In the middle of debate on Article 35A, which allows Jammu and Kashmir to define its “permanent residents”, the constitutional provision seems to have few takers among political parties and other organisations in Jammu. Jammu and Kashmir National Panthers Party chairperson Harsh Dev Singh described Article 35A as unconstitutional. “It is void ab initio as it is not passed by Parliament, but has been extended to Jammu and Kashmir by virtue of a Presidential order,” he said. Kashmiri politicians have been supporting it only to project J&K as different from India, he added.
Ashwani Chrungoo, president of Panun Kashmir, a front organisation of migrant Kashmiri Pandits, said there was a need to get rid of the “stifling statute” (Article 370) “coupled with Article 35A, which have provided a constitutional mechanism to promote fissiparous and separatist tendencies in J&K. This Article has created a state within a state and provided justification to so-called sub-nationalism,’’ he added.
Another migrant Kashmiri Pandit leader, Vinod Pandit, chairman of the All-Parties Migrant Coordination Committee, had a similar view. “If Article 35A comes in the way of development of the state compared to other parts of the country, there will be no hesitation in repealing it,” he said.
Javed Rahi, general secretary of Tribal Research and Cultural Foundation, said that though tribals were not opposing the Article at present, the constitutional provision had adversely affected their development. He pointed out that people from Gujjar and Bakerwal communities got Scheduled Tribe status way back in 1991, but they did not get political reservation in the state legislature despite the fact that they were the third largest group after Kashmiri Muslims and Dogras.
The Jammu Chamber of Commerce also did not see anything wrong in Article 35 A being repealed. Even Muslim leaders in Jammu did not speak in support of it. Congress leaders treaded cautiously. “It is a sensitive and debatable issue and it will be kept in public domain so as to take on board people of all three regions of the state including civil societies,’’ said state Congress vice-president Sham Lal Sharma.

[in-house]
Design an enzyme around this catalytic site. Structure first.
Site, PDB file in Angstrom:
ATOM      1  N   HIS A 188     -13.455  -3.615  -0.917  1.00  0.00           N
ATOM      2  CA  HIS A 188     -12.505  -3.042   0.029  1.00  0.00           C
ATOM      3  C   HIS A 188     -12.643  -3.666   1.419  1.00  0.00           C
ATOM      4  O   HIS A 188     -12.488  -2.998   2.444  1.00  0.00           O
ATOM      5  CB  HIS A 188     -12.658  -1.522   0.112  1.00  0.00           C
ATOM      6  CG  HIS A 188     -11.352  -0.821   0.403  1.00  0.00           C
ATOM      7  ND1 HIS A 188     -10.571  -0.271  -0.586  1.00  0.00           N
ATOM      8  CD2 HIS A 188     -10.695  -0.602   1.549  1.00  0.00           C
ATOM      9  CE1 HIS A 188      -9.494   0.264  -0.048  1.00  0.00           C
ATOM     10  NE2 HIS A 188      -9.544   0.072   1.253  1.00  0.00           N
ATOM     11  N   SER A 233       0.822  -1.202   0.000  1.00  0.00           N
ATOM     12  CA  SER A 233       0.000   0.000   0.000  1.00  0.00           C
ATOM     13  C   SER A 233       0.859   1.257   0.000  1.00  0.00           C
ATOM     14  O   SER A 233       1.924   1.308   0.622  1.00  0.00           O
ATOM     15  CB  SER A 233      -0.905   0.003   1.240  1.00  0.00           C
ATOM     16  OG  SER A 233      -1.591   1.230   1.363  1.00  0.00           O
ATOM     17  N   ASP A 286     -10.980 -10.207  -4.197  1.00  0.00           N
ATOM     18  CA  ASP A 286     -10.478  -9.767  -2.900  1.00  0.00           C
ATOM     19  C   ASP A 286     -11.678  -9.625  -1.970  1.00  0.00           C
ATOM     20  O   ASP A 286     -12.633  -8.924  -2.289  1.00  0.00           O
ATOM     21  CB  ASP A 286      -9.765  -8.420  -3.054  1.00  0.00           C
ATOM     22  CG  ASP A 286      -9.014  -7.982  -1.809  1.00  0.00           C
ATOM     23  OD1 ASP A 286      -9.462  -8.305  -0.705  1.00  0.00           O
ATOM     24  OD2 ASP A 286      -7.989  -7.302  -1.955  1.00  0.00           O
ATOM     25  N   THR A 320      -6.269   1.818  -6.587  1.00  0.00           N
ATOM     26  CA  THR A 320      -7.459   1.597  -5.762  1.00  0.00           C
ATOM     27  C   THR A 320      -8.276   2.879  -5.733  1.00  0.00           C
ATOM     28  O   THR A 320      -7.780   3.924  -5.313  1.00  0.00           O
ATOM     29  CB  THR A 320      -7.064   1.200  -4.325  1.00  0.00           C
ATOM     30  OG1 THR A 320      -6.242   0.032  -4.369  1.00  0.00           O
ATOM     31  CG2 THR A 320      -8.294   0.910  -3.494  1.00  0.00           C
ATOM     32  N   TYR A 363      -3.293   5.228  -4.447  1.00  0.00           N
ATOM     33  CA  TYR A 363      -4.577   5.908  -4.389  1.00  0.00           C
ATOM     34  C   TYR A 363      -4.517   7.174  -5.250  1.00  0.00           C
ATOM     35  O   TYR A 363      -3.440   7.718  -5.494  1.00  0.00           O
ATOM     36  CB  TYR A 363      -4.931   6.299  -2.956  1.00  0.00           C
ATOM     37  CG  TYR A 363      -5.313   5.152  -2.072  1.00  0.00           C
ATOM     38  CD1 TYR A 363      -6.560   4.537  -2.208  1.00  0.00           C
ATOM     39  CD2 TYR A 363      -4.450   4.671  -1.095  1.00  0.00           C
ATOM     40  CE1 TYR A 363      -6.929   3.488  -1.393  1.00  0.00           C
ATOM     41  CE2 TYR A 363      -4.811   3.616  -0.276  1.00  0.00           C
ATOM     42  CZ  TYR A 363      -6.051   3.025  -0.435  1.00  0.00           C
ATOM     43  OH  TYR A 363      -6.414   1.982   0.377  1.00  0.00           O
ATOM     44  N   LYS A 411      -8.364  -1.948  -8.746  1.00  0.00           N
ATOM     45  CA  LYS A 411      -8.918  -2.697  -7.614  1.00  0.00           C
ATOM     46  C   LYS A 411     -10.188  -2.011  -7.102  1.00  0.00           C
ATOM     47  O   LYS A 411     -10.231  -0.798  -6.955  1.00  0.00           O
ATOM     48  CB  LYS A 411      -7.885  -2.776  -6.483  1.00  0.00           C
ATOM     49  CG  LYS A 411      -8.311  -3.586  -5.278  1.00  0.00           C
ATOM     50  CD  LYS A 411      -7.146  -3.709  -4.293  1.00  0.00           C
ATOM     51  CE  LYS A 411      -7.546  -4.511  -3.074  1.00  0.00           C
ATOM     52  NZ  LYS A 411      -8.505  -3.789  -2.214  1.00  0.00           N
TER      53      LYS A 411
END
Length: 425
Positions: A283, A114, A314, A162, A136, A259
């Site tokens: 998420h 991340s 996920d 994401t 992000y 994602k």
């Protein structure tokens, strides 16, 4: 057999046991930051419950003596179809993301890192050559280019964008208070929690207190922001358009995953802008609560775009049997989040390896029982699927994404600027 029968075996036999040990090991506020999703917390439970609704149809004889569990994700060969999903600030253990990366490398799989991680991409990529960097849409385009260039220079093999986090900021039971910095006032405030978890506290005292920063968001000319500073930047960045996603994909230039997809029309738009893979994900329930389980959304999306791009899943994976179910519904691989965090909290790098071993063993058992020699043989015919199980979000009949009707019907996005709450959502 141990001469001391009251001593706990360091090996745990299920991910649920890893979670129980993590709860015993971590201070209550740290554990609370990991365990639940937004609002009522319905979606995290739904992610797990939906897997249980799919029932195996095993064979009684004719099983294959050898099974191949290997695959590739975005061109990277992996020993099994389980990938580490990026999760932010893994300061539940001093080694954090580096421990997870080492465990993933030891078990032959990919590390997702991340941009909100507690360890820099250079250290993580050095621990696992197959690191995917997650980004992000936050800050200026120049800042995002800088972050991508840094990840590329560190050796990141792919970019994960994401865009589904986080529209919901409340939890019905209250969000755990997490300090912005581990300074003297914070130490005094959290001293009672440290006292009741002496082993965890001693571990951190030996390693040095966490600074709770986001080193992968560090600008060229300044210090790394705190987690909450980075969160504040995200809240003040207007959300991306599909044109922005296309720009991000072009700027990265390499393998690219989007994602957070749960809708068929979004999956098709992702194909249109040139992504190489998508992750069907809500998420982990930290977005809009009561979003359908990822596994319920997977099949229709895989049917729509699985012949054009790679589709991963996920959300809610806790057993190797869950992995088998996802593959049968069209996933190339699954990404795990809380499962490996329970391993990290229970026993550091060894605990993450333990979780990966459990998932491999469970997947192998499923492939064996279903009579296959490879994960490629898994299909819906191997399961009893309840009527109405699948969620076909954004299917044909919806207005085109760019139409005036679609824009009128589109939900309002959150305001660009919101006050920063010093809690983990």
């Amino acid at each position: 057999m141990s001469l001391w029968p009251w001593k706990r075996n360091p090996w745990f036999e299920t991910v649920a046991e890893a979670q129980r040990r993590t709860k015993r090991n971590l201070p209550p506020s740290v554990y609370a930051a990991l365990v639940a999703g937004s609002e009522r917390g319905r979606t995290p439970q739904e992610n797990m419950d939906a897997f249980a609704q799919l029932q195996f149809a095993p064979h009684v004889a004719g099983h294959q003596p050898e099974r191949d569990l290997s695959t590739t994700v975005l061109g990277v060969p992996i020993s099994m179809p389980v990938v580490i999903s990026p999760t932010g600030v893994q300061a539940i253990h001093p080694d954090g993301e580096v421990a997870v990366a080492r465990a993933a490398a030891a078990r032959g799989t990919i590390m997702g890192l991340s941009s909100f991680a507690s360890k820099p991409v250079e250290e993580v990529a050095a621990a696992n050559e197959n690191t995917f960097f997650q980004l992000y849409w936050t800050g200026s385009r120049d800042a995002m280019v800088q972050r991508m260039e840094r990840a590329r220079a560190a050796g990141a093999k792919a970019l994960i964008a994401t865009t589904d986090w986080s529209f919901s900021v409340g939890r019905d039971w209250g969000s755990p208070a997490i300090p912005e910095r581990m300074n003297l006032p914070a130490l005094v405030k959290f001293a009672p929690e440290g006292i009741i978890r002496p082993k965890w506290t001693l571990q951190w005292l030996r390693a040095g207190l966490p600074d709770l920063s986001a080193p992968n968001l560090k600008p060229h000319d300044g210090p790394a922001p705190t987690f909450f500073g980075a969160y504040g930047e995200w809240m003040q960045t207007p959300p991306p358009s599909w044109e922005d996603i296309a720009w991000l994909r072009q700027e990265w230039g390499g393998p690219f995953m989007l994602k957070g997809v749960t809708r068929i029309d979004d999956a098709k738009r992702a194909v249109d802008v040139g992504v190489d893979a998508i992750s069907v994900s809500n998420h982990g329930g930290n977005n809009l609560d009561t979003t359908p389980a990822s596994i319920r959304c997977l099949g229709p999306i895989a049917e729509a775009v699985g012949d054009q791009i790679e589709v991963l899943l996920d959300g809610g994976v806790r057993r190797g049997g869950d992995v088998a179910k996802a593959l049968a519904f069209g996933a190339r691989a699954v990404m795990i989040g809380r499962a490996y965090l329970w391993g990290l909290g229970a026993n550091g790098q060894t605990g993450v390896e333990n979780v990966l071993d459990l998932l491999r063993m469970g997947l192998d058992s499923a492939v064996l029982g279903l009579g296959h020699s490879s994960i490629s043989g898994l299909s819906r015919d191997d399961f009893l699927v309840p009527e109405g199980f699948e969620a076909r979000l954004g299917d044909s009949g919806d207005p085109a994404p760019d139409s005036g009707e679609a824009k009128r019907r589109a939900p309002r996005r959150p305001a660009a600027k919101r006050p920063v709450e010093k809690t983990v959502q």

Pointing out that the issue is sub judice, Sharma said that old laws should be revisited by taking people on board as part of a democratic structure. But before that, the Centre and state government should clear their stand on the issue, he added.
National Conference provincial president Devender Rana, however, said that state subject laws were brought into force by Maharaja Hari Singh in 1927 to protect Jammu Dogras from the rich people from Punjab. “It these are removed, the greatest damage would be to Jammu Dogras in terms of economic condition, employment and identity. People of all three regions will suffer,” he said.
The BJP, which is in power in the state in alliance with the PDP, also did not support Article 35A. “It has done damage to the state and the Indian nation,’’ said state BJP spokesperson Sunil Sethi.
On the alliance with PDP, he said, “The BJP in its agenda of alliance with PDP has committed that it will not alter any of the constitutional provisions. Abiding by coalition dharma, the BJP on its own will not do anything to alter any provision of the Constitution.”
Professor Hari Om, a historian and social activist, said, “It is an atrocious article that creates a high wall between people of J&K and the rest of India. It must be thrown out lock, stock and barrel.”
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